I was all ready to talk about this Web site, www.amihotornot.com, and how I think it is both brilliant and disgusting, but then I got sidetracked, so I'll have to write about it next week. In the meantime, go check it out. I still haven't quite figured out what to make of it.
The reason I got sidetracked was because I went to a financial advisor today. I've never done that before. The extent of my financial advising up to this point was my parents telling me it was stupid to spend so much money on my computer and a former boss telling me that I didn't need a raise because I was young and should learn to manage my money better.
So, I jumped at the chance at a free consultation from the folks at American Express. This is the way it works: you drop your business card in a fish bowl at a restaurant thinking that you might win a free happy hour (that's a scam, by the way) or a free steak. Instead, that business card goes to American Express Financial Advisors, a crack team of operatives who call you at work and flirt until you feel like you're going to cost them their job if you don't let them help you.
The first time they tried to advise me, this really pushy guy kept calling me, faxing me directions, and trying to schedule appointments until I finally decided I'd be better off sticking wads of cash under my pillow than letting this guy anywhere near my money. Months later, a nicer person called, said she was just out of college and eager to help people and she sounded sincere. So, like a sucker, I scheduled an appointment.
When I got there, using my lunch time from work, I was kept waiting for a while, and finally the girl I'd talked to shows up in the lobby. She seemed nice and friendly and not at all like those scary accountants in the movies who buy and sell and trade stuff that is bought and sold. She took me to her office where this very aggressive money type guy was sitting.
"Should you call security or something?" I asked.
"Oh, no, I work for him. We'll both be advising you," she said. Smiling.
"Oh. Okay. Do I just hand each of you one stack of cash, or...?"
"Hi! Glad to meet you!" the guy said, and shook my hand frantically.
They sat me down and asked me what my financial goals were. "I would like very much not to starve to death next year," I told them.
"We can do that!" the guy said. His name was Bob or Chad or Steve or something like that.
They tried a scare tactic. They said that people who don't invest usually come into their office when they're 30 or 40 and their lives are "a mess." They showed me what I would look like in 15 years if I continued on my current no-investing, no-mutual-fund-having, spending-money-on-videogames path:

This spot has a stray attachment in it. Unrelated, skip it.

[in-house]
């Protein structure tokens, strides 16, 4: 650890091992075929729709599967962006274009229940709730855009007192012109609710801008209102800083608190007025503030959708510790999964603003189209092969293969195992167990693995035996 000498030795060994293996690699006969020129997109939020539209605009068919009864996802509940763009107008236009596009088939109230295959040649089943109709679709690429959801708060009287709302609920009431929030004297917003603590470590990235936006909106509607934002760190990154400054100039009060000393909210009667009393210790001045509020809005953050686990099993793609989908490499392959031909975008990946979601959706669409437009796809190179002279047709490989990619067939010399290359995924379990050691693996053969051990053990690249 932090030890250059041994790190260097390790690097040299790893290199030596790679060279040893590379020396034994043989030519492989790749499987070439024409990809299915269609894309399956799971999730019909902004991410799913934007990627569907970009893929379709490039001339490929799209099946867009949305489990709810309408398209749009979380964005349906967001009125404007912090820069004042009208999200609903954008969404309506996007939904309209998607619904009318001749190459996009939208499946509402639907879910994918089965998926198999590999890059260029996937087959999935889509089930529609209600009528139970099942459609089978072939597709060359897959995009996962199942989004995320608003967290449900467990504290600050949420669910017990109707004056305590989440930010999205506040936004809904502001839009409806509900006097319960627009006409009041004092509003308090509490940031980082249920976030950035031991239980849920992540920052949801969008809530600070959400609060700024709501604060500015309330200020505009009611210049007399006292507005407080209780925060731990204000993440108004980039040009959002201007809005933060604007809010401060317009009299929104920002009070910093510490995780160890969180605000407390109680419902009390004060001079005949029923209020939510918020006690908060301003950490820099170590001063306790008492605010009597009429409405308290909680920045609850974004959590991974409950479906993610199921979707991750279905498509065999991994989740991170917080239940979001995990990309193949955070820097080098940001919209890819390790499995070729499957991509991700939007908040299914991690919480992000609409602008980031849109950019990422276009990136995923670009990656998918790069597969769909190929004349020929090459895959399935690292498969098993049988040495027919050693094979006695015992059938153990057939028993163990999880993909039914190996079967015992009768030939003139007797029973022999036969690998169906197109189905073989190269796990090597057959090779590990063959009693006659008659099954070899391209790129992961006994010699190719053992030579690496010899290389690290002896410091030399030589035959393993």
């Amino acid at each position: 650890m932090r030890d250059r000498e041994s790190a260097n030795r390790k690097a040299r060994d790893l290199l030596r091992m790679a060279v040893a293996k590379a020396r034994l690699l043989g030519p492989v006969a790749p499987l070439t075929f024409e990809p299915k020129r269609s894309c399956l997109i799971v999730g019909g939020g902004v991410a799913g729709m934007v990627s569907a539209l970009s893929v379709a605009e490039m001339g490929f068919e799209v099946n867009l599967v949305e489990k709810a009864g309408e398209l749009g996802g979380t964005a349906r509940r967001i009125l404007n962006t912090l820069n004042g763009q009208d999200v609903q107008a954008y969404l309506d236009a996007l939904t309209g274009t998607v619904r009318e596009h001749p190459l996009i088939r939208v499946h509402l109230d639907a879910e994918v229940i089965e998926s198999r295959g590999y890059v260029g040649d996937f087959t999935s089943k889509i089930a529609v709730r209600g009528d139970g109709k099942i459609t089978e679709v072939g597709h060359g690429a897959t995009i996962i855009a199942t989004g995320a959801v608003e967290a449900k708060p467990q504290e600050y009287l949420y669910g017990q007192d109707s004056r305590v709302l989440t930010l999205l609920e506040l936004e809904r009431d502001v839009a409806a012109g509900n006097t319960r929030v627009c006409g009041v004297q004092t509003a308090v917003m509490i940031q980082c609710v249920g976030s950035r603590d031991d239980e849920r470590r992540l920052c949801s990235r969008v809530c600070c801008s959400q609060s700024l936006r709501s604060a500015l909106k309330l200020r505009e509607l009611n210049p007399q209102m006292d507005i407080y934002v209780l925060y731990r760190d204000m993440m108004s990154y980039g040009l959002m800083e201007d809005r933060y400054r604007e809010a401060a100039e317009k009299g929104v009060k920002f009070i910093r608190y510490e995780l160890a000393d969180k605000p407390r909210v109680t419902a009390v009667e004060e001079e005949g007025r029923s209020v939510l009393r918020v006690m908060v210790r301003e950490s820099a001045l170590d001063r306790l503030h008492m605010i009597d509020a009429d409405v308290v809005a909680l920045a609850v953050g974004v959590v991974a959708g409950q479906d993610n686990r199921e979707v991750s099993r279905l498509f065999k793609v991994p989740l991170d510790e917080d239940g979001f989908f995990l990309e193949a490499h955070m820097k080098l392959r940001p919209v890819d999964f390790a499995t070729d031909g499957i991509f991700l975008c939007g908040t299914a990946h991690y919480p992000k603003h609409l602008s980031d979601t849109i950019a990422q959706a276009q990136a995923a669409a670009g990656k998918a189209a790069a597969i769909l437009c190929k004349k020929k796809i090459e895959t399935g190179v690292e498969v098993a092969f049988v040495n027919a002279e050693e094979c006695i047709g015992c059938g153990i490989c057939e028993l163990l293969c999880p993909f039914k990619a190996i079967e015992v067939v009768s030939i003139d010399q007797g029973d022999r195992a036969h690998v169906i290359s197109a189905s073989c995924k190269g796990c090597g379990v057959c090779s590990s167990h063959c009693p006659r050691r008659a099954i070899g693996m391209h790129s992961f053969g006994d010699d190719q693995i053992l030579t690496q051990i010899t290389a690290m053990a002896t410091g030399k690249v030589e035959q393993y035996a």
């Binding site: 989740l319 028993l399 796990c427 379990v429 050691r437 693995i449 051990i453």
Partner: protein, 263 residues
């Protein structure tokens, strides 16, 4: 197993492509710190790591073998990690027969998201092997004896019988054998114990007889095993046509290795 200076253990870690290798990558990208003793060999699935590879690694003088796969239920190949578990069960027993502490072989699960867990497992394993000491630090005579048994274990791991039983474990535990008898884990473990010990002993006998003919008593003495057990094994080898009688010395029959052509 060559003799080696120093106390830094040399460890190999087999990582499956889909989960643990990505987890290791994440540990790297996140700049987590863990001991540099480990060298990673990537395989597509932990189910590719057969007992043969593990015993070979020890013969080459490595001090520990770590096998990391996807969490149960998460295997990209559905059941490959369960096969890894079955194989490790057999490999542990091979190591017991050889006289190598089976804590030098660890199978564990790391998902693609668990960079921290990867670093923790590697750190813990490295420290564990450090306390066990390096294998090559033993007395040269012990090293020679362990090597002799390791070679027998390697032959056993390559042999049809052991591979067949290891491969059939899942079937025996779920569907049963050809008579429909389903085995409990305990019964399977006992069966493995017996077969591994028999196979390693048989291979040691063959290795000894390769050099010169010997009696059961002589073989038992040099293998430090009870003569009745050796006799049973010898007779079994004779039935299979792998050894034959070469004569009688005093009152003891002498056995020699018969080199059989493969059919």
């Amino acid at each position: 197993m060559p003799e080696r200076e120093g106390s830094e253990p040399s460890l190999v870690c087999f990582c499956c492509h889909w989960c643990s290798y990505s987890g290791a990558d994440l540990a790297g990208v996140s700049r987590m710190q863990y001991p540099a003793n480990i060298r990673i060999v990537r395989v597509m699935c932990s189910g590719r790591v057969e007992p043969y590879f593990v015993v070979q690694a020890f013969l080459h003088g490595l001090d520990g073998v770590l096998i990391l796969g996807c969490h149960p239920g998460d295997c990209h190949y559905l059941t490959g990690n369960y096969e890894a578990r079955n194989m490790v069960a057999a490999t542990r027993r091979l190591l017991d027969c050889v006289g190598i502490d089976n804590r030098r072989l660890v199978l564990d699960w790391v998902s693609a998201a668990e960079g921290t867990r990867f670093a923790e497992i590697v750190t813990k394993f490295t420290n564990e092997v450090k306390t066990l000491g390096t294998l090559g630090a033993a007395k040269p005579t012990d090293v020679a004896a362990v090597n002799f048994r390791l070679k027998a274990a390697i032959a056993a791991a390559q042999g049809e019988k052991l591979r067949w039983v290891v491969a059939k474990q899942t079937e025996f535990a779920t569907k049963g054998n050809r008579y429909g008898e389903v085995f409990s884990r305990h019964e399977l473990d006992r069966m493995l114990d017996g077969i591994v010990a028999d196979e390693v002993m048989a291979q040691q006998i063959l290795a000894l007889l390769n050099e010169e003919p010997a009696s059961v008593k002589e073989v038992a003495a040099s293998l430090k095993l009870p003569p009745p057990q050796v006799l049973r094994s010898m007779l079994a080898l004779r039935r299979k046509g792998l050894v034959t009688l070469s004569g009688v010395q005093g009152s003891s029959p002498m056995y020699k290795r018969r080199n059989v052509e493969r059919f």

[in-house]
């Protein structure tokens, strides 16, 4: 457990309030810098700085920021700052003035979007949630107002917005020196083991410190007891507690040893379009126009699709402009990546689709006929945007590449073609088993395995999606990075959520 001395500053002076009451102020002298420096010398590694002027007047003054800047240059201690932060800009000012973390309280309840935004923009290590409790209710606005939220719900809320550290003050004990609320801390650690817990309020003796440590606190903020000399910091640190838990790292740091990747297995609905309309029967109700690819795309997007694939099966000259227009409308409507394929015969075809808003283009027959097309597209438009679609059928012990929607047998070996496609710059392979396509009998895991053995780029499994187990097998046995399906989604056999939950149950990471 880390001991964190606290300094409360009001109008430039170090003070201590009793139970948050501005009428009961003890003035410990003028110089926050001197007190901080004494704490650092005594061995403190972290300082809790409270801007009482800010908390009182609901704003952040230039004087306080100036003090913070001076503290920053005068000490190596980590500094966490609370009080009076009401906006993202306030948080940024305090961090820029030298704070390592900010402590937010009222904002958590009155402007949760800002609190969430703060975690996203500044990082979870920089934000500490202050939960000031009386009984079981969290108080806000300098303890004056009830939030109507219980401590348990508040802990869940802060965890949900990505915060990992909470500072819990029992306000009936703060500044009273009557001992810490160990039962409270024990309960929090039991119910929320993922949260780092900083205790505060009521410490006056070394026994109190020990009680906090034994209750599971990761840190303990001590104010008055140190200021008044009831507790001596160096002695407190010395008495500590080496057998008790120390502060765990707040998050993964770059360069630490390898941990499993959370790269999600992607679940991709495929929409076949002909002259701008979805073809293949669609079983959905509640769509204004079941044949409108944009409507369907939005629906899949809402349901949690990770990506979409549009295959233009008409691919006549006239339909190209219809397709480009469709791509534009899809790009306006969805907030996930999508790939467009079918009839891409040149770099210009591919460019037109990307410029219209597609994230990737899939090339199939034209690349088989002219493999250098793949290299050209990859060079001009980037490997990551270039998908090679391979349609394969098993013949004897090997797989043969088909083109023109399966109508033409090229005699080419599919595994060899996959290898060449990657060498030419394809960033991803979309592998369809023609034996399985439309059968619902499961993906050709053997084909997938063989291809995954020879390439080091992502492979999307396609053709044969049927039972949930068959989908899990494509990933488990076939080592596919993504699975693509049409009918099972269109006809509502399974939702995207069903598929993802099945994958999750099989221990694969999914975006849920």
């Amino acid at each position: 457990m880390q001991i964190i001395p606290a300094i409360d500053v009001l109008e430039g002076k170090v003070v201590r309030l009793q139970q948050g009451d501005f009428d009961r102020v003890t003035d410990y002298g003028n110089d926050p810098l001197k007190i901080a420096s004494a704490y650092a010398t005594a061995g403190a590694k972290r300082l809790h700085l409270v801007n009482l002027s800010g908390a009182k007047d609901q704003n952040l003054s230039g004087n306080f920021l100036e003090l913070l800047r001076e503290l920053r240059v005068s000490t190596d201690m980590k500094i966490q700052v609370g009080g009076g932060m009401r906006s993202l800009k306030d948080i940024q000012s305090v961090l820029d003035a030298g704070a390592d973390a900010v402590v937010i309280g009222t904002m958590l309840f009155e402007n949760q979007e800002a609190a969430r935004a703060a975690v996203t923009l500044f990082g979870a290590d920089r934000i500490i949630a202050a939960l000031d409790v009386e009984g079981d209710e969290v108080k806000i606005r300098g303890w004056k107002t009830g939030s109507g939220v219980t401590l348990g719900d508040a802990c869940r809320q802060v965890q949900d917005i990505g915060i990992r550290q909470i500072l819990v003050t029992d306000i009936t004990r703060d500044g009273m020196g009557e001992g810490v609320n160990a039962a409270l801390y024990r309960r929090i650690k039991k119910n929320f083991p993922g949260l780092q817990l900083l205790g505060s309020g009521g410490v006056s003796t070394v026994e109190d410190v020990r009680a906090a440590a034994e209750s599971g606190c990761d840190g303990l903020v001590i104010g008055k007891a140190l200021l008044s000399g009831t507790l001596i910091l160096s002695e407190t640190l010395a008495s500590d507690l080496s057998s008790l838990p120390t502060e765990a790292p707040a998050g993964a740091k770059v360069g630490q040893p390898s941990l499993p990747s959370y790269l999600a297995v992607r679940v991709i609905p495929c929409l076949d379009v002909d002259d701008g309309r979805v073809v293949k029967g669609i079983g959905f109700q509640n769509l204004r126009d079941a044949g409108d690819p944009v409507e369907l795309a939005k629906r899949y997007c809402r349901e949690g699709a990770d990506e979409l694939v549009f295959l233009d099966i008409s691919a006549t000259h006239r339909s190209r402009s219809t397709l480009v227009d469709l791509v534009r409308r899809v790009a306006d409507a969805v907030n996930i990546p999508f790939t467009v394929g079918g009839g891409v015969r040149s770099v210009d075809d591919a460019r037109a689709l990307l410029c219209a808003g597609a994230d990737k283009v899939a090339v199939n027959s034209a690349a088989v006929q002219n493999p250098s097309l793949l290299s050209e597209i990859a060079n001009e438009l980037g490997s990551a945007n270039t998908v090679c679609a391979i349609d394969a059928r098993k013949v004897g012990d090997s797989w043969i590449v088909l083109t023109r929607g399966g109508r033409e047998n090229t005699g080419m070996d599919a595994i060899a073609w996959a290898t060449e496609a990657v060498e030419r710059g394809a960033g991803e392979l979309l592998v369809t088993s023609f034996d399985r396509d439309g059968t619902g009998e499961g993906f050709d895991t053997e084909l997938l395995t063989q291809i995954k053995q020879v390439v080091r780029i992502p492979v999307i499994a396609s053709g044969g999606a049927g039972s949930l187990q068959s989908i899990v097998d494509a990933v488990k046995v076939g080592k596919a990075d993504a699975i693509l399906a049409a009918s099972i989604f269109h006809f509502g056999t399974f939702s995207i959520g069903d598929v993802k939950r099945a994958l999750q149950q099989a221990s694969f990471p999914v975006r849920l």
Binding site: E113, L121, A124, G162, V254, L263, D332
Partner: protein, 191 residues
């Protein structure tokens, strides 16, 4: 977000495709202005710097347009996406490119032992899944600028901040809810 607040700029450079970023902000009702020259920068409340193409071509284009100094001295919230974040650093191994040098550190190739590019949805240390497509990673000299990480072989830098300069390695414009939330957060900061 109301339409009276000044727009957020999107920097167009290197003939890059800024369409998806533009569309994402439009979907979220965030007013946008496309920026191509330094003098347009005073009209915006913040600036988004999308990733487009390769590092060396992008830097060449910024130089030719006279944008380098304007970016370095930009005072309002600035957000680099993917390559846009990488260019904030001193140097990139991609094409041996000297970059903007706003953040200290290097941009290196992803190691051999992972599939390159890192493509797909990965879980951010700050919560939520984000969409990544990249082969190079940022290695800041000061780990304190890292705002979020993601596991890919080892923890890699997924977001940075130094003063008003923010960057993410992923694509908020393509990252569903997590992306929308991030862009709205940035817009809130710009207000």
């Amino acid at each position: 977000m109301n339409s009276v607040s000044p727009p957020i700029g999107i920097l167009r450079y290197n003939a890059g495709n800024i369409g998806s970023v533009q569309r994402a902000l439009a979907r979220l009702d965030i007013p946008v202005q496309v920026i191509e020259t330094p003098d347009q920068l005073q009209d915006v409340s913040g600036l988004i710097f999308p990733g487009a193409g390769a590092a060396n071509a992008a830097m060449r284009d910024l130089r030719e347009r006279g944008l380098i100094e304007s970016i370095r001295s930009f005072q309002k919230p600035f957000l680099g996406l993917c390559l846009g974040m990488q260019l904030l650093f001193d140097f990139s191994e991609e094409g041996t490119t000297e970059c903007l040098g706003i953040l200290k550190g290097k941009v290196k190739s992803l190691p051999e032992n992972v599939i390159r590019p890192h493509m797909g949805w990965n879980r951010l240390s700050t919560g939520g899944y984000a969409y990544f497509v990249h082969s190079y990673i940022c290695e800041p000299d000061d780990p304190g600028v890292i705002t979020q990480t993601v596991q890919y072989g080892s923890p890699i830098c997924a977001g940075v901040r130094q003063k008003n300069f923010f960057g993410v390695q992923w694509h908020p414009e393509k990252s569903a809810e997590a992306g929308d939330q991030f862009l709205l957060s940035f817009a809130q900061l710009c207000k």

Obviously, that scared the crap out of me and I agreed to give them $550 to advise me for the next 10 years. Plus commission.
Actually, I was very proud of myself. I told them that I wasn't going to commit to anything until the beginning of the year ("For tax purposes," I lied.) and that I did want to invest and that I really didn't believe that money was the root of all evil. I think at that point, I convinced them I was speaking their language.
To be honest, my financial goal has always been not to have to worry about money so much. I'm not a big money person. I spend way too much money on stuff I don't really need, but I also am very frugal about big purchases. I don't buy lots of clothes (as evidenced by that picture), but I do spent a lot on rent and utilities. I know I make good money for someone my age, but because I live in Austin, that money zips out of sight and never stays in the bank.
Work offers insurance, 401k, disability, dental, all that. My big fear is that I'll never be able to work on my own or get out of newspapers because it pays too well (note: you will never hear that complaint from any other newspaper employee ever). I mean it pays better than staying at home and freelancing would, at least.
I am kind of proud that I'm not destitute. I mean I worked my ass off to get to a point where I don't have to stress out at the end of every month over whether I can pay rent. I mean, that still happens now and then, but not as much as it used to.
So where does all that money go? Maybe these advisers can tell me. I mean, it can't all be going to the heroin and the hookers. Hey, Mom, that's a joke.
They gave me a bunch of very glossy brochures with phrases like "fixed income" and "peace of mind" and "retirement plan." They asked me when I want to retire. "Um, seriously, I don't see myself in this same job when I'm 50 years old. If I haven't gotten out by then, I think I'll be very sad."
"Very... sad...," the girl jotted down on the single sheet of paper she was using to document all of my hopes, fears, money concerns, and to chart my financial future.
I was sneaky, though. I took a peek at the notes Financial Advisor Guy was taking. I haven't had to read anything upside down in a while, but I think what I read was, "If this guy signs on, I can finally take that trip to the Phillipines and get me a mail order bride."
And that is smart fiscal planning.
My Third Watch recap is almost done, so it should be up sometime today or tomorrow. Mia Farrow guest starred, so there are lots of jokes about adoptees. Trust me, you'll like it.
Have a great weekend! I'm seeing David Sedaris' The Santaland Diaries and doing some administrative stuff with LCP. Oh, and watching my budget, of course. I think they'll send a gestapo squad after me if I don't.